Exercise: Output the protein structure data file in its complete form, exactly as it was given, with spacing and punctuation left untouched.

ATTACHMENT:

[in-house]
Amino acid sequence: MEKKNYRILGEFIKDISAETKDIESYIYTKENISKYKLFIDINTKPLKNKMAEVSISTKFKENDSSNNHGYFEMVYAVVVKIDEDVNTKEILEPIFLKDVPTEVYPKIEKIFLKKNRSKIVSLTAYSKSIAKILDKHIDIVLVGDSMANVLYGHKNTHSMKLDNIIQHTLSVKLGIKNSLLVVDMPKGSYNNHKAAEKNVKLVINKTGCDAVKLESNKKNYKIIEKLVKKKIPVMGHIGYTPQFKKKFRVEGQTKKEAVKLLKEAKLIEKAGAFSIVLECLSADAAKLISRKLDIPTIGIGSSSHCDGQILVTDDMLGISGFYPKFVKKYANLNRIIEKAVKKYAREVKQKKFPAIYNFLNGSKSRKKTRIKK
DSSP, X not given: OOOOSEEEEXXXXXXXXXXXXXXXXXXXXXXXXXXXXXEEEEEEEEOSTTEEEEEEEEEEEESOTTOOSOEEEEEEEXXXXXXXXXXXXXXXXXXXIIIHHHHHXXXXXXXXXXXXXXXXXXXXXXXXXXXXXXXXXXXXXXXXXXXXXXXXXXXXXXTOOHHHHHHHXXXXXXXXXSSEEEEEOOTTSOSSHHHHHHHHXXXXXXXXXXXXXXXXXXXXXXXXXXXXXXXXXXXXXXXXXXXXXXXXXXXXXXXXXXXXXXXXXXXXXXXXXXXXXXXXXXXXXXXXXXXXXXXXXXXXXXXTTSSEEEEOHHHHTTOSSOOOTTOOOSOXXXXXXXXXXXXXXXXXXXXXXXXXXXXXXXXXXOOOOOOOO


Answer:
[in-house]
Amino acid sequence: MEKKNYRILGEFIKDISAETKDIESYIYTKENISKYKLFIDINTKPLKNKMAEVSISTKFKENDSSNNHGYFEMVYAVVVKIDEDVNTKEILEPIFLKDVPTEVYPKIEKIFLKKNRSKIVSLTAYSKSIAKILDKHIDIVLVGDSMANVLYGHKNTHSMKLDNIIQHTLSVKLGIKNSLLVVDMPKGSYNNHKAAEKNVKLVINKTGCDAVKLESNKKNYKIIEKLVKKKIPVMGHIGYTPQFKKKFRVEGQTKKEAVKLLKEAKLIEKAGAFSIVLECLSADAAKLISRKLDIPTIGIGSSSHCDGQILVTDDMLGISGFYPKFVKKYANLNRIIEKAVKKYAREVKQKKFPAIYNFLNGSKSRKKTRIKK
DSSP, X not given: OOOOSEEEEXXXXXXXXXXXXXXXXXXXXXXXXXXXXXEEEEEEEEOSTTEEEEEEEEEEEESOTTOOSOEEEEEEEXXXXXXXXXXXXXXXXXXXIIIHHHHHXXXXXXXXXXXXXXXXXXXXXXXXXXXXXXXXXXXXXXXXXXXXXXXXXXXXXXTOOHHHHHHHXXXXXXXXXSSEEEEEOOTTSOSSHHHHHHHHXXXXXXXXXXXXXXXXXXXXXXXXXXXXXXXXXXXXXXXXXXXXXXXXXXXXXXXXXXXXXXXXXXXXXXXXXXXXXXXXXXXXXXXXXXXXXXXXXXXXXXXTTSSEEEEOHHHHTTOSSOOOTTOOOSOXXXXXXXXXXXXXXXXXXXXXXXXXXXXXXXXXXOOOOOOOO